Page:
The country is a very different place today, she said. Political leaders were unequivocal about the need for continued peace, dialogue and stability. PNTL had resumed its responsibilities, UNMIT police had provided support to the national police, and Dili was a vibrant, safe city. In addition, the Government’s 2011-2030 Strategic Development Plan included a long-term vision, and the electoral management bodies had strengthened their capacity and were heading preparations for 2012 elections.
However, significant challenges remained, including in institutional capacity-building, strengthening the security sector and socio-economic issues, such as youth employment. Political leaders were largely responsible for contributing positively to the current environment, promoting tolerance, mutual respect, and commitment to the democratic process. The report notes good progress made in the Mission’s mandate, with policing and elections being the key elements for continued peace and stability.
The resumption of responsibilities by the National Police in March was a milestone, she said. UNMIT police had been supporting the national police, including in terms of capacity-building and training. Indeed, a key challenge for meeting the Mission’s goals was retaining UNMIT police officers and selecting others with the expertise needed for effective implementation of the PNTL-UNMIT Police Joint Development Plan.
She appealed to police-contributing countries to provide qualified officers and reiterated the Secretary-General’s request that the countries concerned approve extensions of deployment of officers serving in key UNMIT positions. In the long-term, the enduring effectiveness of the National Police would depend on its ability to maintain public trust, she said. The report outlines the challenge in meeting the National Police’s logistical requirements, and she urged the Government and Parliament to work together to ensure adequate financial allocations to overcome existing logistical gaps.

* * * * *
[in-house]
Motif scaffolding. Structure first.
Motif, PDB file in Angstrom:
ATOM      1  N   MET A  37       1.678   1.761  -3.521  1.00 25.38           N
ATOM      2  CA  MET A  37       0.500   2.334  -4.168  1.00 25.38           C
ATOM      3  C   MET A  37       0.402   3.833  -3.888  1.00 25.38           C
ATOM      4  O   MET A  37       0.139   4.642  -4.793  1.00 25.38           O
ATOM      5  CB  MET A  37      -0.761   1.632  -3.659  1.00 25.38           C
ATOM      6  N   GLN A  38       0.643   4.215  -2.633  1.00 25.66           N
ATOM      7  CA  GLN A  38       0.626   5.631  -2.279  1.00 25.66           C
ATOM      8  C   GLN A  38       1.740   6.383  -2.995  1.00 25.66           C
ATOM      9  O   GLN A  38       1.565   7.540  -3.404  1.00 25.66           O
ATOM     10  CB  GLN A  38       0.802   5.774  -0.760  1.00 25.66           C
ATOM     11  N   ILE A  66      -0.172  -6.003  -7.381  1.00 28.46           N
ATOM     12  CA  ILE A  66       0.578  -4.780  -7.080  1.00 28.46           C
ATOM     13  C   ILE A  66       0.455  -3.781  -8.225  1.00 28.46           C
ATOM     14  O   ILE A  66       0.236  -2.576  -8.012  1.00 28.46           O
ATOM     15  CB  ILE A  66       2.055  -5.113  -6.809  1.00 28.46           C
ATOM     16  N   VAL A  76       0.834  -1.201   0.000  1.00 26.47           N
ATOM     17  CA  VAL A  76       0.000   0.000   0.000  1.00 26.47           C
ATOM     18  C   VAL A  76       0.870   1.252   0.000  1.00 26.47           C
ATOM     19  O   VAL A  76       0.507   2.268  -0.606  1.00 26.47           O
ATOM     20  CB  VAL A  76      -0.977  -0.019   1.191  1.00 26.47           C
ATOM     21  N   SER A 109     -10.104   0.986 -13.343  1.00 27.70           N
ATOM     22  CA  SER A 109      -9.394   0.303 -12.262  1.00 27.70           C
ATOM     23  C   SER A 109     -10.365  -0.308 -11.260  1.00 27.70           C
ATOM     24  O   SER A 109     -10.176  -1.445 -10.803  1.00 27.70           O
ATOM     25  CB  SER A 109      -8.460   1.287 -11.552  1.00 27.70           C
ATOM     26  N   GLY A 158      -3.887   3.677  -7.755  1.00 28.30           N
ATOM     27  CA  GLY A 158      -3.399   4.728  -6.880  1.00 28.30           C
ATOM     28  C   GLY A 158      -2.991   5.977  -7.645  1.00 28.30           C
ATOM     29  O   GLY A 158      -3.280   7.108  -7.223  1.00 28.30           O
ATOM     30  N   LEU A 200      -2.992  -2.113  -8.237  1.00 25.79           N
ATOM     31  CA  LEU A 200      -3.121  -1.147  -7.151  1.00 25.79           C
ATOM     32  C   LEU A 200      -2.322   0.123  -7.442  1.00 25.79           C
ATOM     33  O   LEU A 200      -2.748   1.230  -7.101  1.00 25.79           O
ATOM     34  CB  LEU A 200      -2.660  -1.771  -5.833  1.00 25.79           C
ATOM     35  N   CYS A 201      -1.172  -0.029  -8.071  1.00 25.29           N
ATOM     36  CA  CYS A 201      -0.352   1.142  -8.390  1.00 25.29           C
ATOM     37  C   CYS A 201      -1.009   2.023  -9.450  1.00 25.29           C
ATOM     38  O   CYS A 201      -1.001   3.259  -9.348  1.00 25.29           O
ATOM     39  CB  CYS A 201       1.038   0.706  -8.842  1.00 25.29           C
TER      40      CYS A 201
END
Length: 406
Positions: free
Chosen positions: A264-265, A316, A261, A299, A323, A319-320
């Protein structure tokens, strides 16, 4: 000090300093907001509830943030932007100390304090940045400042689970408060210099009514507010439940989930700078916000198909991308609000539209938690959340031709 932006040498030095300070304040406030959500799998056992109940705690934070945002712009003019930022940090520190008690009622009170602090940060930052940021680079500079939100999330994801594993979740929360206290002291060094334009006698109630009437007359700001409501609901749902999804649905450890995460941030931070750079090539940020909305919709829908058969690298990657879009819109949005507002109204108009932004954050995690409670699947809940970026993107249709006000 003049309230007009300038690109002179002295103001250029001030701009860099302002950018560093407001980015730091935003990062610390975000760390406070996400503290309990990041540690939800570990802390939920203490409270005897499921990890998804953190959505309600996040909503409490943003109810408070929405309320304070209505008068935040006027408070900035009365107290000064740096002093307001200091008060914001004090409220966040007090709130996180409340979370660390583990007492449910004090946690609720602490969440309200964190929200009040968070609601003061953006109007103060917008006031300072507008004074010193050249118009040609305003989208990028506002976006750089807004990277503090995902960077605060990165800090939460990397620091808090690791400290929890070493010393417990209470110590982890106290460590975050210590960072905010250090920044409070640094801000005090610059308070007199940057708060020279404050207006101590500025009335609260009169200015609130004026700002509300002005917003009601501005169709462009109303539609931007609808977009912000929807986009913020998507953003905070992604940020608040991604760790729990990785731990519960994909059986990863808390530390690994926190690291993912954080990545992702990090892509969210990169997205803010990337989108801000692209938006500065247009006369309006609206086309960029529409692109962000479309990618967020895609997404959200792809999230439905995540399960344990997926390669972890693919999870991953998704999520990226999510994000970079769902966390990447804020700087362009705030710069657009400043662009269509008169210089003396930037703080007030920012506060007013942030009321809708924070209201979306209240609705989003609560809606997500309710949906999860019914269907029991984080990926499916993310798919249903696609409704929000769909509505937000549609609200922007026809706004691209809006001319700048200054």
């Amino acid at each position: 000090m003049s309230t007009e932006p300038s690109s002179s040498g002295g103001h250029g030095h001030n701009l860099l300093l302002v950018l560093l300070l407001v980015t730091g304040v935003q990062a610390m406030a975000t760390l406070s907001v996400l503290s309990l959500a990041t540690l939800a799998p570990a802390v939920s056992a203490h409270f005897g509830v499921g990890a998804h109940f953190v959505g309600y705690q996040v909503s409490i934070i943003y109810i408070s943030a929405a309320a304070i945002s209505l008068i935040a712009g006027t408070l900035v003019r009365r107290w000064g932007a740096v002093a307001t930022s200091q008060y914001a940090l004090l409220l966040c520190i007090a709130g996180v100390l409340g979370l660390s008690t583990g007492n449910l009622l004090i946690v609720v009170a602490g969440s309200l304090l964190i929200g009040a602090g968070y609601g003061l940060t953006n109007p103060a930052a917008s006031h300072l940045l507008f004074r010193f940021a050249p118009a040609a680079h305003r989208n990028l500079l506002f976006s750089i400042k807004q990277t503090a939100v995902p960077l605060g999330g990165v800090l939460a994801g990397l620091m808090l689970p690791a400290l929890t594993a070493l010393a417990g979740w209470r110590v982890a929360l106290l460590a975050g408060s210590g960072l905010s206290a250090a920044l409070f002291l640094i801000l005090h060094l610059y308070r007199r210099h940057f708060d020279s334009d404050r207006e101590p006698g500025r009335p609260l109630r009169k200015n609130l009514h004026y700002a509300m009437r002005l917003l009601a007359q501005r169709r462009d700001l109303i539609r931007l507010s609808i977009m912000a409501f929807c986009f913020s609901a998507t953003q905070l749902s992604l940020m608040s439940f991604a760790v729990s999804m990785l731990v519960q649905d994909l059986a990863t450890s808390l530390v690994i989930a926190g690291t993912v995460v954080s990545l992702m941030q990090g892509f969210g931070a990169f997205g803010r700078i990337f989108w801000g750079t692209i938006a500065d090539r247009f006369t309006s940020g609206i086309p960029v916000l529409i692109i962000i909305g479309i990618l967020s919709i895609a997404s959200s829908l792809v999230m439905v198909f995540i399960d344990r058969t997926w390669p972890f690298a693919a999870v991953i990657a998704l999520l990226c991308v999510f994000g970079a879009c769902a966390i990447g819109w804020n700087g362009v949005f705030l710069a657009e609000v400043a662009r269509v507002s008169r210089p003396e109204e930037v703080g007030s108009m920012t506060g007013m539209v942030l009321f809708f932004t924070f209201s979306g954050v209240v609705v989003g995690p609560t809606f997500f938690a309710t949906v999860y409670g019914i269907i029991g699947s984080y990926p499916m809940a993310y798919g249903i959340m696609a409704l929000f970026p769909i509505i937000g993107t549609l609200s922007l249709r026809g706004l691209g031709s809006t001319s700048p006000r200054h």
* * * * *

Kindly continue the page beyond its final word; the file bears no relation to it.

Regarding elections, she said 2012 would undoubtedly be another major milestone. Preparations were proceeding and subsidiary electoral legislation had been drafted. It was commendable that women made up 22 of 65 Members of Parliament. To enhance their participation in elections, a national steering committee had been formed and the Government, local authorities, civil society and the United Nations and partners were making multi-pronged efforts to include women in political, electoral and other decision-making processes.
She encouraged international partners to show their commitment to the country by sending electoral observers and providing the financial support still needed for United Nations electoral activities conducted at the Government’s request. Envisioning a peaceful transition to a new Government, she was optimistic that conditions would allow for UNMIT’s smooth departure by 31 December 2012.